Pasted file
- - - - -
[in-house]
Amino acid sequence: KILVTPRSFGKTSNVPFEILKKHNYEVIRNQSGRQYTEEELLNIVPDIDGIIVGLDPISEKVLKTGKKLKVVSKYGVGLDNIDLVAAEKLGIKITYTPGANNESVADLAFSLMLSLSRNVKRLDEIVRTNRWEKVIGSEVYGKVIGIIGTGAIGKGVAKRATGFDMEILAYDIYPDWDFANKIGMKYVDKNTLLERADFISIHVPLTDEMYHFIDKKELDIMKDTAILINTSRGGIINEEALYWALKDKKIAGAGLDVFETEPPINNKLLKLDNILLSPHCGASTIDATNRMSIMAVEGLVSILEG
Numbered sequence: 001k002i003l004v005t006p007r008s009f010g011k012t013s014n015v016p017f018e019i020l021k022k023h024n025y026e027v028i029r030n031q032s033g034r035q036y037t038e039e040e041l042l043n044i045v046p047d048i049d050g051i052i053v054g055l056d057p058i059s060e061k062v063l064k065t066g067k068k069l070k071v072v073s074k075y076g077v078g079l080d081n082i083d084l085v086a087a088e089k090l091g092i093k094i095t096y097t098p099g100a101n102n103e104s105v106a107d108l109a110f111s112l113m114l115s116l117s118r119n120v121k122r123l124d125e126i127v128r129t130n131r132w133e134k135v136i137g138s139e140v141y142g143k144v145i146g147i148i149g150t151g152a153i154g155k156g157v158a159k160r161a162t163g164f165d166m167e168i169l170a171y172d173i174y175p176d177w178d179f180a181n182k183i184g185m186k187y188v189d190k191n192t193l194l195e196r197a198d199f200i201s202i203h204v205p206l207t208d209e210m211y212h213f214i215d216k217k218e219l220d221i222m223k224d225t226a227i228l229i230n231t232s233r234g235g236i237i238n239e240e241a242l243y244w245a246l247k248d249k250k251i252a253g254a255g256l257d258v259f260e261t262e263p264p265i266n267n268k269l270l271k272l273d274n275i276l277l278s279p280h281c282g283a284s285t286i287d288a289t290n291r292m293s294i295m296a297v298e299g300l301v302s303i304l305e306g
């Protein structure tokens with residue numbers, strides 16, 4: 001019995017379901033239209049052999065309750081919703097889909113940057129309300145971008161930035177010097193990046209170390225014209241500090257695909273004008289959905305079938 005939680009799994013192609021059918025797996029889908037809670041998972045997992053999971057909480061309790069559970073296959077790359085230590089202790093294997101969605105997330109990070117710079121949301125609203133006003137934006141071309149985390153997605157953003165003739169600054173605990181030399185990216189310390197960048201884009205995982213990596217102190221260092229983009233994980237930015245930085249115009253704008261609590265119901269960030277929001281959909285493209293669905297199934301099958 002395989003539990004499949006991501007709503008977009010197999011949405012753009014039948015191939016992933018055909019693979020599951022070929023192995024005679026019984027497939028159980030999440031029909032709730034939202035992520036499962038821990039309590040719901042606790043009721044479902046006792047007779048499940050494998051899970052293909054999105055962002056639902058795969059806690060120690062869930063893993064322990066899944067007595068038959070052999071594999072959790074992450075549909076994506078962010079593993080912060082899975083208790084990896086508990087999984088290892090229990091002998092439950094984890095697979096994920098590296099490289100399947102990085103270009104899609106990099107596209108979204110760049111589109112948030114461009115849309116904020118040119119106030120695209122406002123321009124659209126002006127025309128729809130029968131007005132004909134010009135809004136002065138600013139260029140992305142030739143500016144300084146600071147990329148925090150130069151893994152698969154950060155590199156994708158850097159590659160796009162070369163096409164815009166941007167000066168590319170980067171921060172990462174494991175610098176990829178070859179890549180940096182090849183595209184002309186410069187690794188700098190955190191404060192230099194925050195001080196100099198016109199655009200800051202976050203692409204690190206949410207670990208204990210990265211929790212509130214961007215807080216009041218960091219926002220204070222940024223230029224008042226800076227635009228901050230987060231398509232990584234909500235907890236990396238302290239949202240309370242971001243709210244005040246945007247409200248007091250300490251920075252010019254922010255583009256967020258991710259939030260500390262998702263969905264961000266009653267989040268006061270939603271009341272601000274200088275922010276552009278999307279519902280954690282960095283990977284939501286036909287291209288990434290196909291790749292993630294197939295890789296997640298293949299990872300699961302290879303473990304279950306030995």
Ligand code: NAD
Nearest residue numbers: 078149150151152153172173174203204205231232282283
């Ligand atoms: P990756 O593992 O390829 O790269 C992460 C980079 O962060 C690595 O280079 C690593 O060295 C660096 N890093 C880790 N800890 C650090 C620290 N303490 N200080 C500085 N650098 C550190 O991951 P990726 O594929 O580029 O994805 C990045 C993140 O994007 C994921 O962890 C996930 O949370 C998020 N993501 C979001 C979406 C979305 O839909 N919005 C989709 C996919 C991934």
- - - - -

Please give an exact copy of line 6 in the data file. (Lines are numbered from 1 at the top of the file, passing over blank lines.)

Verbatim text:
Nearest residue numbers: 078149150151152153172173174203204205231232282283